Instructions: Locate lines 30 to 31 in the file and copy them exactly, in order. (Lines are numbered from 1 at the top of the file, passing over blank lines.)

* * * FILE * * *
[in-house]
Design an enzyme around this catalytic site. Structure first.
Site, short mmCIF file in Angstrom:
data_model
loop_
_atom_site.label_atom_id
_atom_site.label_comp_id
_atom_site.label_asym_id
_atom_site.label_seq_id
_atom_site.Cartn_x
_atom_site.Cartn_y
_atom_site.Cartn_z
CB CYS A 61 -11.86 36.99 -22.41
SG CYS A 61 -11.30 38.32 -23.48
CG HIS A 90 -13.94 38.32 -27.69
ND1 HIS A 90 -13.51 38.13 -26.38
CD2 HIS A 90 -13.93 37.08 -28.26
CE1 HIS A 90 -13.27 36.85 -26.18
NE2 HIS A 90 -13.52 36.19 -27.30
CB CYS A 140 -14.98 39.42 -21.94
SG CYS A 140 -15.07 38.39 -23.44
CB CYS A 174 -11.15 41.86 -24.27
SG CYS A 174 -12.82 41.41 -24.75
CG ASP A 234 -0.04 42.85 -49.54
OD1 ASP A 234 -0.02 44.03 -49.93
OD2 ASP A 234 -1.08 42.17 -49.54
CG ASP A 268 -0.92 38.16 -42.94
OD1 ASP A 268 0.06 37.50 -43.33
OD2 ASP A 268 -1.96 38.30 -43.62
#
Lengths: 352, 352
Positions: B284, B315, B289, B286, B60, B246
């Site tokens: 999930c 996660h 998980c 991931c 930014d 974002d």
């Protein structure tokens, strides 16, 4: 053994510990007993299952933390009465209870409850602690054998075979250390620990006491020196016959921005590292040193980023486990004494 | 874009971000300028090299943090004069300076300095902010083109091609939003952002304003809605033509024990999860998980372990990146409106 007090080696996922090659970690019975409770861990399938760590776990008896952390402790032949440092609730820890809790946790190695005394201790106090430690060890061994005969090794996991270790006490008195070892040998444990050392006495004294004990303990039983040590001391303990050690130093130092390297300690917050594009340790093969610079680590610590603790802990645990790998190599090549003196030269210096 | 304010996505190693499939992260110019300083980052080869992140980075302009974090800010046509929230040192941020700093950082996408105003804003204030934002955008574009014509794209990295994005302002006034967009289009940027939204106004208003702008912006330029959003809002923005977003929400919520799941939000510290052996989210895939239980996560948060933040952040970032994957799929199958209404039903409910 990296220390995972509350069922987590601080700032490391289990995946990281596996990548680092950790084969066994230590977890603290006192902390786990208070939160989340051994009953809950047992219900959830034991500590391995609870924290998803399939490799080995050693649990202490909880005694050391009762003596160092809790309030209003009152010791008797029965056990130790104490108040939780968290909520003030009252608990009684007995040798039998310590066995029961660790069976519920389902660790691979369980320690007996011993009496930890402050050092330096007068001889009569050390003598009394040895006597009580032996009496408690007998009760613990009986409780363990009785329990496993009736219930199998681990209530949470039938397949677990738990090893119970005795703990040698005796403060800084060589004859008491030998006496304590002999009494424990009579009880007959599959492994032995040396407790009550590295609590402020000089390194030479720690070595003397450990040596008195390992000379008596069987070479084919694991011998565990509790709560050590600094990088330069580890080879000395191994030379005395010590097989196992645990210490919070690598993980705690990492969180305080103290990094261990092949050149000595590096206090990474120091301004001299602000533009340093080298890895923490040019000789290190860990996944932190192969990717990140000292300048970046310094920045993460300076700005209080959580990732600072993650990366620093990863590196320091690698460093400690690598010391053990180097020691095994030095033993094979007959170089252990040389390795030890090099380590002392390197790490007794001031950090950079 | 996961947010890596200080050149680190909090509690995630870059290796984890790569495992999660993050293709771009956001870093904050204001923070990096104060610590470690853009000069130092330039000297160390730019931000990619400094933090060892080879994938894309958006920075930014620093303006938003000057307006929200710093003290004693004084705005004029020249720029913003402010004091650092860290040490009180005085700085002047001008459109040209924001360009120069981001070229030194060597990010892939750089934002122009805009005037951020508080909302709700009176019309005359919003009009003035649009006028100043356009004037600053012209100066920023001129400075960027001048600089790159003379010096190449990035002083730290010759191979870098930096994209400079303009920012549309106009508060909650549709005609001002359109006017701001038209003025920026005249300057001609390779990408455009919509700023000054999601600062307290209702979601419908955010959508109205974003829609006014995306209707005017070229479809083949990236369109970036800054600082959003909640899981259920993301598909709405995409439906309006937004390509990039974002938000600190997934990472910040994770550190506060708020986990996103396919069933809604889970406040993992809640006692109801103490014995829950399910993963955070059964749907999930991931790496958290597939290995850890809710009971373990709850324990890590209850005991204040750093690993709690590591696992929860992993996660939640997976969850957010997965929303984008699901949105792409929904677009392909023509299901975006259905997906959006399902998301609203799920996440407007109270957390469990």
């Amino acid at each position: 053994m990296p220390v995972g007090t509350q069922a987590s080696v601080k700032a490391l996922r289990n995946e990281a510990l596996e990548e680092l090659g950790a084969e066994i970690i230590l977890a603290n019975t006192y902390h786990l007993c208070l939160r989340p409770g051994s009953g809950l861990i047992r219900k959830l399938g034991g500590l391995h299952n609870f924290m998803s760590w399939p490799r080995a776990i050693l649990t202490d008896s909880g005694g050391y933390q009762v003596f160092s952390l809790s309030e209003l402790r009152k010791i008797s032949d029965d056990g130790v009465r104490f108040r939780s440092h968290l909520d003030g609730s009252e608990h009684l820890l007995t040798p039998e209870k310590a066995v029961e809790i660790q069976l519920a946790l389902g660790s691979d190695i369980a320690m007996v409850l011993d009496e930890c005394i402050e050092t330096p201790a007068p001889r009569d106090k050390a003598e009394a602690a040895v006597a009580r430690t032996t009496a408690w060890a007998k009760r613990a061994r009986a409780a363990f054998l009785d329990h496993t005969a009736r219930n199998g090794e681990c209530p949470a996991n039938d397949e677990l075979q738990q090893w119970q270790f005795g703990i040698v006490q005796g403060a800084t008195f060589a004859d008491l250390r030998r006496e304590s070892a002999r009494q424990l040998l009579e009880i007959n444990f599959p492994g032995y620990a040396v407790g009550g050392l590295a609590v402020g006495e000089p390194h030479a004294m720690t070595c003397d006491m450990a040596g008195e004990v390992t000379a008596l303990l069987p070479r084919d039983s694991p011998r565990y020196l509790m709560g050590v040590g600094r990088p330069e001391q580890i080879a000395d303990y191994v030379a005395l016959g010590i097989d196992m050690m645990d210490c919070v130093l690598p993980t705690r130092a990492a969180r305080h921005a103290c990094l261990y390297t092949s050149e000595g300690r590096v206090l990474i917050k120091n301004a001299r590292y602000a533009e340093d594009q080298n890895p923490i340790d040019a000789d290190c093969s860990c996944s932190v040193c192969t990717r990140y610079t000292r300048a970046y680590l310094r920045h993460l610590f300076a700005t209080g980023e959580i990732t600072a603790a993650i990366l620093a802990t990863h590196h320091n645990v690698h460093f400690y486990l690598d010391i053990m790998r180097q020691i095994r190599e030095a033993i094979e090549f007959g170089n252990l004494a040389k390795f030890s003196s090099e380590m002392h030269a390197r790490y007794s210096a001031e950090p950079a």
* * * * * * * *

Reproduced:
#
Lengths: 352, 352